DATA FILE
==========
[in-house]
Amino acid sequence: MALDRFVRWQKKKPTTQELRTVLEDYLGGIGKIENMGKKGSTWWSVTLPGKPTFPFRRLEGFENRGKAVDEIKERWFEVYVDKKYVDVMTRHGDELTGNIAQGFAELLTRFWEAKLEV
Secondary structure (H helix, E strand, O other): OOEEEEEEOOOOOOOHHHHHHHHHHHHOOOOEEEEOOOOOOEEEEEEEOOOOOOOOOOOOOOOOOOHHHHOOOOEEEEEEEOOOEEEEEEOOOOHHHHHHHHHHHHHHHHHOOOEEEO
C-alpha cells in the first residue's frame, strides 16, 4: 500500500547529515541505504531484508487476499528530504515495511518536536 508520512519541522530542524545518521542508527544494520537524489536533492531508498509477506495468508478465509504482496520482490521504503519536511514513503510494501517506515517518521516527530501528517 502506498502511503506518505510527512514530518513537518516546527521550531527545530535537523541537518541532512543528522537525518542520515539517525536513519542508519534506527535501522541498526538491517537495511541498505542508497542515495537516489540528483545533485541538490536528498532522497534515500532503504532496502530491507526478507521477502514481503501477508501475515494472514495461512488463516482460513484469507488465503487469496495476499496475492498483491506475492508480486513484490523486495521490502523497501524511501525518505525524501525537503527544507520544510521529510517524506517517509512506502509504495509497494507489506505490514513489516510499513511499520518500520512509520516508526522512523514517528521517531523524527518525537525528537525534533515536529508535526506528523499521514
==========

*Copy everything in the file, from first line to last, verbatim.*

[in-house]
Amino acid sequence: MALDRFVRWQKKKPTTQELRTVLEDYLGGIGKIENMGKKGSTWWSVTLPGKPTFPFRRLEGFENRGKAVDEIKERWFEVYVDKKYVDVMTRHGDELTGNIAQGFAELLTRFWEAKLEV
Secondary structure (H helix, E strand, O other): OOEEEEEEOOOOOOOHHHHHHHHHHHHOOOOEEEEOOOOOOEEEEEEEOOOOOOOOOOOOOOOOOOHHHHOOOOEEEEEEEOOOEEEEEEOOOOHHHHHHHHHHHHHHHHHOOOEEEO
C-alpha cells in the first residue's frame, strides 16, 4: 500500500547529515541505504531484508487476499528530504515495511518536536 508520512519541522530542524545518521542508527544494520537524489536533492531508498509477506495468508478465509504482496520482490521504503519536511514513503510494501517506515517518521516527530501528517 502506498502511503506518505510527512514530518513537518516546527521550531527545530535537523541537518541532512543528522537525518542520515539517525536513519542508519534506527535501522541498526538491517537495511541498505542508497542515495537516489540528483545533485541538490536528498532522497534515500532503504532496502530491507526478507521477502514481503501477508501475515494472514495461512488463516482460513484469507488465503487469496495476499496475492498483491506475492508480486513484490523486495521490502523497501524511501525518505525524501525537503527544507520544510521529510517524506517517509512506502509504495509497494507489506505490514513489516510499513511499520518500520512509520516508526522512523514517528521517531523524527518525537525528537525534533515536529508535526506528523499521514